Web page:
Bert felt jealous, cheated on, and blue. Then he discovered he could morph into a giant nightmarish slug...
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On Wednesdays and Sundays I’m blogging nibble-sized chunks of new ‘Life in the Clouds’ novellas. You can check in regularly and read them bit for bit, or leave a message in my 'contact' page, and I'll send the entire digital story to you for free when published.
Life in the Clouds #6: Take a Slug ® James Field.
In the last post: If Morris had tried to frighten Alf with trolls, Alf would've laughed his socks off...
Dear friends, on Tuesdays and Saturdays I’m blogging nibble-sized chunks of new ‘Life in the Clouds’ stories. You can check in regularly and read them free, or wait to buy the whole story when published.
Eerie Eve ® James Field. Part 16
Light of foot, arms swinging by his side, and shaking with laughter, Alf started on his way home. He’d spent the night acting the troll, frightening the life out of Morris. As he passed Trollop Knoll where Morris had picked the magic toadstools, just half an hour earlier, he noticed the rest had withered and died. The only toadstools left in existence were in Morris's wicker basket: the one Alf now carried.
The curtain of clouds had drawn away again, and the moon's silver brilliance made it easy to see. A soft, swirling mist had risen though, blurring Alf’s vision and distorting the trees. Shadows came to life, and ugly shapes formed and slithered in every direction. Damp seeped through Alf’s thin layer of clothes and made him shiver. He glanced over his shoulder and hurried his pace.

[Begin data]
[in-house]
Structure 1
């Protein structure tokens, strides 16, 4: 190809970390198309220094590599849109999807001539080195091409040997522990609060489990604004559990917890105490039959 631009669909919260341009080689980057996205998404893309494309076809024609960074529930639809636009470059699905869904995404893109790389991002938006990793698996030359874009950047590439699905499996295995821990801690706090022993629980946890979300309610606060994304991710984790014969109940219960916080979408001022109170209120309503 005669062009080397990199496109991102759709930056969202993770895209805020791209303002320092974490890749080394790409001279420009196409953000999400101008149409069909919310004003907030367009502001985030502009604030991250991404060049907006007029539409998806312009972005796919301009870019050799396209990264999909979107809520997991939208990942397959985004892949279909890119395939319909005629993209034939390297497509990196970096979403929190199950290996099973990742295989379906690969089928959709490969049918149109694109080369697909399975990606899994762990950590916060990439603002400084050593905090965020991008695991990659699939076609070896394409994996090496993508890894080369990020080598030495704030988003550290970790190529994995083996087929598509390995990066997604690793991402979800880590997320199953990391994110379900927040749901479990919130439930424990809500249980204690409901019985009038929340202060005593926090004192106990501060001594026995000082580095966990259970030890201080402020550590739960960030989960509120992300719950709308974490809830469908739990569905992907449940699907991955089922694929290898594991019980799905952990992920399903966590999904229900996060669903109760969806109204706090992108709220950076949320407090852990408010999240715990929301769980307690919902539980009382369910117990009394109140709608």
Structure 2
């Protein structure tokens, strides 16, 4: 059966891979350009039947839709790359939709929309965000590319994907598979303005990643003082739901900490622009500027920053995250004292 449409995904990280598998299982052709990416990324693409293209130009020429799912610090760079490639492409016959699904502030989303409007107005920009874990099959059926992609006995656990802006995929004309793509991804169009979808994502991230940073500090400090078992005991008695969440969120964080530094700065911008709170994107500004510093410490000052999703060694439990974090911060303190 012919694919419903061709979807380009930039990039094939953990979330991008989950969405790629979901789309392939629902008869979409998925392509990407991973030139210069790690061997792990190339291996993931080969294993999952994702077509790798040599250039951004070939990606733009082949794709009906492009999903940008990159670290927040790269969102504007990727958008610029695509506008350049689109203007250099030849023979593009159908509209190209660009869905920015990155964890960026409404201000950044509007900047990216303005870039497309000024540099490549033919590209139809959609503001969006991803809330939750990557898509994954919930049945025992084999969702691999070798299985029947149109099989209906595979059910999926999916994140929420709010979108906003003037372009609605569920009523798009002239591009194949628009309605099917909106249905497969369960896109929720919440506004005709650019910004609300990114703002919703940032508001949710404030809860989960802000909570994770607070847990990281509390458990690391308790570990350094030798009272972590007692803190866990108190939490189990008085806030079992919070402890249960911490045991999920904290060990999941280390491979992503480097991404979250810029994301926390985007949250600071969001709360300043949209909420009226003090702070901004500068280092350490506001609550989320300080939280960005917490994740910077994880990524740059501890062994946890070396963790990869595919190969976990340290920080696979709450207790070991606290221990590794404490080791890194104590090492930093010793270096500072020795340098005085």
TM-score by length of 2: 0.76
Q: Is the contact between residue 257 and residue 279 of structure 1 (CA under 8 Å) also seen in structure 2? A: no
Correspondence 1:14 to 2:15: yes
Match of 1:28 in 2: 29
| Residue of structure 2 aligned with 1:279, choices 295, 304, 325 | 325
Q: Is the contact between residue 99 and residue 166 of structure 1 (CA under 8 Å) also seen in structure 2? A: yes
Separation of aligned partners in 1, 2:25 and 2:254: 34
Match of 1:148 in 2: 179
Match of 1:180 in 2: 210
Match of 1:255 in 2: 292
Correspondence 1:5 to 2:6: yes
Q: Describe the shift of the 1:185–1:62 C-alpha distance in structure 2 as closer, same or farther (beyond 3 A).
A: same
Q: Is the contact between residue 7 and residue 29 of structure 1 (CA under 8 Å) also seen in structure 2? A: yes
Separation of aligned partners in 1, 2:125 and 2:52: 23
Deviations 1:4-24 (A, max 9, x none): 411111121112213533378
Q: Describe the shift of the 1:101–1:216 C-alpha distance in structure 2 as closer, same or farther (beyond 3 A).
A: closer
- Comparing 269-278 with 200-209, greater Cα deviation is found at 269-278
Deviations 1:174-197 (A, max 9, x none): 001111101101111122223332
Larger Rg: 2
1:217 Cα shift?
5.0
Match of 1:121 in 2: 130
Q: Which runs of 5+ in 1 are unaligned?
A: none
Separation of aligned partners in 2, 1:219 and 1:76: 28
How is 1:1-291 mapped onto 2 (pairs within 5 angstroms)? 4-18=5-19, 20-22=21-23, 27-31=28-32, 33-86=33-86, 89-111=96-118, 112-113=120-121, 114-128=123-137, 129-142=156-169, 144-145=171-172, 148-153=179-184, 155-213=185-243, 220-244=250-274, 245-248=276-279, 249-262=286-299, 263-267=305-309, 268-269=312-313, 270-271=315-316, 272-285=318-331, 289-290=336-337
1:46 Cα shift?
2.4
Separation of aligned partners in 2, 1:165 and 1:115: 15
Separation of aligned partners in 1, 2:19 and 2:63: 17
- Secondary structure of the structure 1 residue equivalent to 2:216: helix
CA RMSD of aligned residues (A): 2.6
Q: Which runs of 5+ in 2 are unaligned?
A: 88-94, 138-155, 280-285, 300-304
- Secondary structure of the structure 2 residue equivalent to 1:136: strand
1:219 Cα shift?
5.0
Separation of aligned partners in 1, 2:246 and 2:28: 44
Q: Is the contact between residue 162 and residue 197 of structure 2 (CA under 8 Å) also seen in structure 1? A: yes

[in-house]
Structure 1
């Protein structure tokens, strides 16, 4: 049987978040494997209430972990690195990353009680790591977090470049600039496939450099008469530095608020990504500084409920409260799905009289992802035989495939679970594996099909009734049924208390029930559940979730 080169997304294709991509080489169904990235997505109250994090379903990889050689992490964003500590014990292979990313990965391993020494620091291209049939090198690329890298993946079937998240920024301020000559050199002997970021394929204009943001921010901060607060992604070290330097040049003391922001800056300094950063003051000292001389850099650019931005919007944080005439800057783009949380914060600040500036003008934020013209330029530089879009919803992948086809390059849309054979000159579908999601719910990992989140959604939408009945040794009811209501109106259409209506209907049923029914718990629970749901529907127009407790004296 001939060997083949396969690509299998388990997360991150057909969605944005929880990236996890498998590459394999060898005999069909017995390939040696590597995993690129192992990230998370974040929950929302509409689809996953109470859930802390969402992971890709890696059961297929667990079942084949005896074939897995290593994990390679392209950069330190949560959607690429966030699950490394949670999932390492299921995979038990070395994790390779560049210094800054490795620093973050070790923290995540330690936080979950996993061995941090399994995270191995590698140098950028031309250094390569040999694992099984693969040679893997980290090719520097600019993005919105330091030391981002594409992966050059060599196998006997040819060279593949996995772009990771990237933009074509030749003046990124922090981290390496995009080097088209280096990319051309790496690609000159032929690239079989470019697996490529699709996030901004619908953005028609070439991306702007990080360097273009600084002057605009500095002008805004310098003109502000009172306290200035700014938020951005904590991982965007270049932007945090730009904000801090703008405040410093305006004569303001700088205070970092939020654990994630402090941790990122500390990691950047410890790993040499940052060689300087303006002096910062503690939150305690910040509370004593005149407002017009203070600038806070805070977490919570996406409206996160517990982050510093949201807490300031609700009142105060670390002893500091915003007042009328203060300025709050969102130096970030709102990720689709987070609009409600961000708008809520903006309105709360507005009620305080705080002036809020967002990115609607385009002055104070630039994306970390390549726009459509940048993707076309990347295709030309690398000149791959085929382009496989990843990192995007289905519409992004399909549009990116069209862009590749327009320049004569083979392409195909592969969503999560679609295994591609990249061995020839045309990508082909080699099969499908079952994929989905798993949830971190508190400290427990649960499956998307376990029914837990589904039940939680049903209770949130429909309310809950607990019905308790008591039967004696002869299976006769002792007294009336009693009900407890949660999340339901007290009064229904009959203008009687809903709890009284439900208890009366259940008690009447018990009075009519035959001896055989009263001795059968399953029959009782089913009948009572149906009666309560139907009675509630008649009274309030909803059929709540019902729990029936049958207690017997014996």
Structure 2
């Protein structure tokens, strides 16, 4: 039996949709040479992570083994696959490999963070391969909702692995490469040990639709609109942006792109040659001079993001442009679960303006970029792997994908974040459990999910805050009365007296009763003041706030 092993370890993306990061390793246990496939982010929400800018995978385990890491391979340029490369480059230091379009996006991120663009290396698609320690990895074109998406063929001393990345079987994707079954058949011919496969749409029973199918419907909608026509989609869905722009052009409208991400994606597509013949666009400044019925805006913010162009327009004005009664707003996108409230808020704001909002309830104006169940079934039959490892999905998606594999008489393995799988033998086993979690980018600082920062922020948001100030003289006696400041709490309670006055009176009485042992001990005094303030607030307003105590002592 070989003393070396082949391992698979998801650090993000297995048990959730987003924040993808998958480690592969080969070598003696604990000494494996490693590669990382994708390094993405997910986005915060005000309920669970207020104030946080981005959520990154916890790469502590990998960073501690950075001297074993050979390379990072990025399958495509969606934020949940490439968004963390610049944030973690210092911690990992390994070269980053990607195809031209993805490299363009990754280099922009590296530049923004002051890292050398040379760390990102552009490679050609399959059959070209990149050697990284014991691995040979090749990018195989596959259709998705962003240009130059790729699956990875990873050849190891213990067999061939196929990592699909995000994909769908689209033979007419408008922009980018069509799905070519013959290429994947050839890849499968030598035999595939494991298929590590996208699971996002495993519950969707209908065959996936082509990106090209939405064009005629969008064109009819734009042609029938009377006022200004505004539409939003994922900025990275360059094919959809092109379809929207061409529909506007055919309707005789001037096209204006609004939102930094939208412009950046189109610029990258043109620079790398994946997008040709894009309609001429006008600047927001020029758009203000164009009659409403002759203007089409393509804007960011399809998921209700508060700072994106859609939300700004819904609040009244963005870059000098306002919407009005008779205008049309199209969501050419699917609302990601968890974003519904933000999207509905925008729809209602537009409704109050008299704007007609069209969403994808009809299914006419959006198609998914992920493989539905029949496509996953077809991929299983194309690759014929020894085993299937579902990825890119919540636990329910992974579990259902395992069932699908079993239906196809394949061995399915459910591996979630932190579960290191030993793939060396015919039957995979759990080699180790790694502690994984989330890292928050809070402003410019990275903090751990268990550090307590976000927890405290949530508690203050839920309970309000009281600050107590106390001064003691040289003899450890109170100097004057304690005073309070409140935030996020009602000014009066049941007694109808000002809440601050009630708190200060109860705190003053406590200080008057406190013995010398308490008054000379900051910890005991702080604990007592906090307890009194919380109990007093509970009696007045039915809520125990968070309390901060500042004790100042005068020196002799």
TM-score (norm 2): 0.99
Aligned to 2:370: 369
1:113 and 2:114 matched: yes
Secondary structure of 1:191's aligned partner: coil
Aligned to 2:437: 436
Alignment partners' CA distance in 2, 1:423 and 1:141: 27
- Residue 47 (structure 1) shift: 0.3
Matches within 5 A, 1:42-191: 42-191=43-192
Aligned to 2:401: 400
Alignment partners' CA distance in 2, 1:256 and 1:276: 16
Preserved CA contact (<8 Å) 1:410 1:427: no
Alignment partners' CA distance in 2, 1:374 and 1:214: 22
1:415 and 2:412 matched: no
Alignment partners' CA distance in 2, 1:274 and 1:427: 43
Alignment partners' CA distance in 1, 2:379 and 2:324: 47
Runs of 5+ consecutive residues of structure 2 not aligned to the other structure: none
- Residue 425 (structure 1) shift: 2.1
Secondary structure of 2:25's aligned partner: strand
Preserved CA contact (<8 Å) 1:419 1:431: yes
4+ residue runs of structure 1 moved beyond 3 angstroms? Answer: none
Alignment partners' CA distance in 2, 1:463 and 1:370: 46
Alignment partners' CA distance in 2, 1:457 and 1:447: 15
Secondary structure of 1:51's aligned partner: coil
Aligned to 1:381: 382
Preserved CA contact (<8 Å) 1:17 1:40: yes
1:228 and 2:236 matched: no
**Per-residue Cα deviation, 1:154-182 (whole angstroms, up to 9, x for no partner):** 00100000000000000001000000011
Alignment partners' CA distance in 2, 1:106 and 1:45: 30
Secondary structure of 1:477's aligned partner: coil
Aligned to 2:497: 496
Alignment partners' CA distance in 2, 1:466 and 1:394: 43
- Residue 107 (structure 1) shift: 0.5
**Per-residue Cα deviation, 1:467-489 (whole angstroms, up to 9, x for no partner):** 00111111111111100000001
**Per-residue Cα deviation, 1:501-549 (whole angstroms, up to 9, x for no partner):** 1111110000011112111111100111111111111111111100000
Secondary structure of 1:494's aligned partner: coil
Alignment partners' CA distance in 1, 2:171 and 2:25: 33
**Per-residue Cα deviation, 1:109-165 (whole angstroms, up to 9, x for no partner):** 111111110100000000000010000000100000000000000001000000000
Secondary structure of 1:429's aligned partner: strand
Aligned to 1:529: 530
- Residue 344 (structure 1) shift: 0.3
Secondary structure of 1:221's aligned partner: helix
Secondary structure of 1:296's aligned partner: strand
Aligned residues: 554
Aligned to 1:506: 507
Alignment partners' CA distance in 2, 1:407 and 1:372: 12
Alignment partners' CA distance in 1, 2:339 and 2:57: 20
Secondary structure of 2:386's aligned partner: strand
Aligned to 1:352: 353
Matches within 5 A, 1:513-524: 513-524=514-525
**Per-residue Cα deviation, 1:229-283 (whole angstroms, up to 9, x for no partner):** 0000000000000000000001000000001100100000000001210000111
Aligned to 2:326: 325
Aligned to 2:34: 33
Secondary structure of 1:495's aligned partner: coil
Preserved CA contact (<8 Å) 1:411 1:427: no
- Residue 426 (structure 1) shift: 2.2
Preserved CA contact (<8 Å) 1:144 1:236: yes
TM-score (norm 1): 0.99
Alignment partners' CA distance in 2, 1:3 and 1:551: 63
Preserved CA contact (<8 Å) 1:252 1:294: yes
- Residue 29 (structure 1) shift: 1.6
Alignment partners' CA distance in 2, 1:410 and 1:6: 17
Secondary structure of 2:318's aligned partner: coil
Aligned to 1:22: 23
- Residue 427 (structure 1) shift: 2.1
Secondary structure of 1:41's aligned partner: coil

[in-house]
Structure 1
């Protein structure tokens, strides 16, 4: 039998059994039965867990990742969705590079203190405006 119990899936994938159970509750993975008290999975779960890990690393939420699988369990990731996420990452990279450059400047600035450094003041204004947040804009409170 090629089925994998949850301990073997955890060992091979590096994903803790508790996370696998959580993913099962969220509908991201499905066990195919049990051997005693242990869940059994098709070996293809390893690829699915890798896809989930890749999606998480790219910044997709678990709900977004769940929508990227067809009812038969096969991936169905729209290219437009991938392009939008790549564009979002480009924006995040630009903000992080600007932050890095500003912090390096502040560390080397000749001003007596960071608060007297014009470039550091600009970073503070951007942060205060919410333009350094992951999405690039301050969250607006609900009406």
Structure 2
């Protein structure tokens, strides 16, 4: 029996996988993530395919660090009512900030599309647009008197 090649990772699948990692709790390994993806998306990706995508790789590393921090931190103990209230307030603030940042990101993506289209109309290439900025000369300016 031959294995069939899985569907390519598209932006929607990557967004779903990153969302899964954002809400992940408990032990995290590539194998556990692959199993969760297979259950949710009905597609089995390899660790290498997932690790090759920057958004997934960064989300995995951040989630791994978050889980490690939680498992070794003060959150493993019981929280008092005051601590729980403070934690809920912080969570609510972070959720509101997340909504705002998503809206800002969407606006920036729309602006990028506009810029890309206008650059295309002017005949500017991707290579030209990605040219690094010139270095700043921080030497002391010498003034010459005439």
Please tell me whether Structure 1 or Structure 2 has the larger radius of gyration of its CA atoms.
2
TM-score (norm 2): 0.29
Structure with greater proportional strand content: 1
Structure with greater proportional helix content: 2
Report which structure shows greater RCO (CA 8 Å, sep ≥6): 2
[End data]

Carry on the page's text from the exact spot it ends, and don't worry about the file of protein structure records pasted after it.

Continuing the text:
Even though ill at ease, the knowledge that Morris felt much worse consoled Alf. After the magnificent show he’d put on during the night, Morris no doubt thought a real troll had rampaged outside his tent. Heck, it wouldn’t surprise Alf if the wimp had messed his pants. Serves him right for being such a pig-head, he thought. If Morris didn't believe in trolls, why was he so scared? One thing was certain: Morris believed in Trolls now. Foolish twit!
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The Thursday Murder Club by Richard Osman
My rating: 2 of 5 stars
There’s a lot to like and a lot to dislike in this story. I like that it’s cosy, funny, and heart-warming. The plot, however, is a tragedy. There are two murders, and every character in the book, of which there are many, has a motif. With so many twists, turns, and red herrings throughout the narrative, it lost me in a virtual maze.
But the author commits the gravest crime: he introduces a new, guilty character right at the end of the story. Tut, tut, naughty.
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